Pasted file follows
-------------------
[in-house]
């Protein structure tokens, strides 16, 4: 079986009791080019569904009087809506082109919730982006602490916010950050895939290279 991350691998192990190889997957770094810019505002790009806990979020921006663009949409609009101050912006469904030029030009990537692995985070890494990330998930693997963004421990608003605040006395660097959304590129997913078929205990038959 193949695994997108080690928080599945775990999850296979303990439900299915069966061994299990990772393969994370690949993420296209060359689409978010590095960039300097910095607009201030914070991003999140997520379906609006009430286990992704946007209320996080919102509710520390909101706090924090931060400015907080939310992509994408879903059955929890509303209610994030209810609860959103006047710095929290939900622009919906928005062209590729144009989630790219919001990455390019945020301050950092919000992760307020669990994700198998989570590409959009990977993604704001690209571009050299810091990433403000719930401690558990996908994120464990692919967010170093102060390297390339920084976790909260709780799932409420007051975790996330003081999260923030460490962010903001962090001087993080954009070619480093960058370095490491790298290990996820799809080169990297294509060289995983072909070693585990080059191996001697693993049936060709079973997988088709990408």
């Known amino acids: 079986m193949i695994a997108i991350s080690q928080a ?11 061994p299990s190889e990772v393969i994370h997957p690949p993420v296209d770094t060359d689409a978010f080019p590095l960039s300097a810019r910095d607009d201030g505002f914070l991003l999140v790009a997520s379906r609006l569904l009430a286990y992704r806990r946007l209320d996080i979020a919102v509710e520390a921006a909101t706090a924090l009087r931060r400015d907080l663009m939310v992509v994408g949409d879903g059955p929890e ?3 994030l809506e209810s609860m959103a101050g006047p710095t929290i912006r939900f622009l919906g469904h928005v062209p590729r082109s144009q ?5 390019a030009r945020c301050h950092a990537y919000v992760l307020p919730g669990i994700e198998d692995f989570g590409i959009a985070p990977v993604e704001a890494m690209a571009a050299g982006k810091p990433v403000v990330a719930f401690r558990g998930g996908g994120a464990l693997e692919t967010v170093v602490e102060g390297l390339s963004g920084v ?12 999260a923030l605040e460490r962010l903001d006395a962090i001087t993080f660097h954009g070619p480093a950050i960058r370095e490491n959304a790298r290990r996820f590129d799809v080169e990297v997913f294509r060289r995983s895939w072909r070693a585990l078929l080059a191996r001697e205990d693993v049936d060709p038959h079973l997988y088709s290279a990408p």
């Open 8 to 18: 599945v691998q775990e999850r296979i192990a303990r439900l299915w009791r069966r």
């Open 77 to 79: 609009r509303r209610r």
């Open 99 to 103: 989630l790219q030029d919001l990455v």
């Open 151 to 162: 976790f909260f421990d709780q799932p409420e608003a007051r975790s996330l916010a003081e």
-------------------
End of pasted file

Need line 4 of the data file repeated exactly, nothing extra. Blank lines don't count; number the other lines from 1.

């Open 8 to 18: 599945v691998q775990e999850r296979i192990a303990r439900l299915w009791r069966r």